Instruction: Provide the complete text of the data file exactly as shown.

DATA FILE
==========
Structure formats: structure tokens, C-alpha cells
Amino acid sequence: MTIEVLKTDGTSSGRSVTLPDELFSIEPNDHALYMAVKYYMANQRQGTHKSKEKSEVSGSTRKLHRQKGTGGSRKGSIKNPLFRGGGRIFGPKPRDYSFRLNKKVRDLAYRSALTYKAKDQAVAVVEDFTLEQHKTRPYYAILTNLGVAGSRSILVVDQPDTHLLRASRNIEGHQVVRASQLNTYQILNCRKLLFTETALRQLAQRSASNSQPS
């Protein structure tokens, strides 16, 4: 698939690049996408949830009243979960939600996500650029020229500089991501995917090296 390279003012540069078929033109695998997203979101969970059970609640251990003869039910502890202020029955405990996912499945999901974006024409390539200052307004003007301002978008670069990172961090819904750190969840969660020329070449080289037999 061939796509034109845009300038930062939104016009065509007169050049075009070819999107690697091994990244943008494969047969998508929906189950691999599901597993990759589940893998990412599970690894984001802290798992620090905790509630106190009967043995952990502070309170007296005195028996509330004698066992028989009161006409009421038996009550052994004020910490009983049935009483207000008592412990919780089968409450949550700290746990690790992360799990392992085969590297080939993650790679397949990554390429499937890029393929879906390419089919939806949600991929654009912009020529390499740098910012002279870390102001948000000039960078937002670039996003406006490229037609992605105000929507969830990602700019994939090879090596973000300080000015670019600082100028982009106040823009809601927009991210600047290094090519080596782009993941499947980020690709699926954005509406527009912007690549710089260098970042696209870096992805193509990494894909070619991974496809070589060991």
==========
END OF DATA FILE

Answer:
Structure formats: structure tokens, C-alpha cells
Amino acid sequence: MTIEVLKTDGTSSGRSVTLPDELFSIEPNDHALYMAVKYYMANQRQGTHKSKEKSEVSGSTRKLHRQKGTGGSRKGSIKNPLFRGGGRIFGPKPRDYSFRLNKKVRDLAYRSALTYKAKDQAVAVVEDFTLEQHKTRPYYAILTNLGVAGSRSILVVDQPDTHLLRASRNIEGHQVVRASQLNTYQILNCRKLLFTETALRQLAQRSASNSQPS
């Protein structure tokens, strides 16, 4: 698939690049996408949830009243979960939600996500650029020229500089991501995917090296 390279003012540069078929033109695998997203979101969970059970609640251990003869039910502890202020029955405990996912499945999901974006024409390539200052307004003007301002978008670069990172961090819904750190969840969660020329070449080289037999 061939796509034109845009300038930062939104016009065509007169050049075009070819999107690697091994990244943008494969047969998508929906189950691999599901597993990759589940893998990412599970690894984001802290798992620090905790509630106190009967043995952990502070309170007296005195028996509330004698066992028989009161006409009421038996009550052994004020910490009983049935009483207000008592412990919780089968409450949550700290746990690790992360799990392992085969590297080939993650790679397949990554390429499937890029393929879906390419089919939806949600991929654009912009020529390499740098910012002279870390102001948000000039960078937002670039996003406006490229037609992605105000929507969830990602700019994939090879090596973000300080000015670019600082100028982009106040823009809601927009991210600047290094090519080596782009993941499947980020690709699926954005509406527009912007690549710089260098970042696209870096992805193509990494894909070619991974496809070589060991």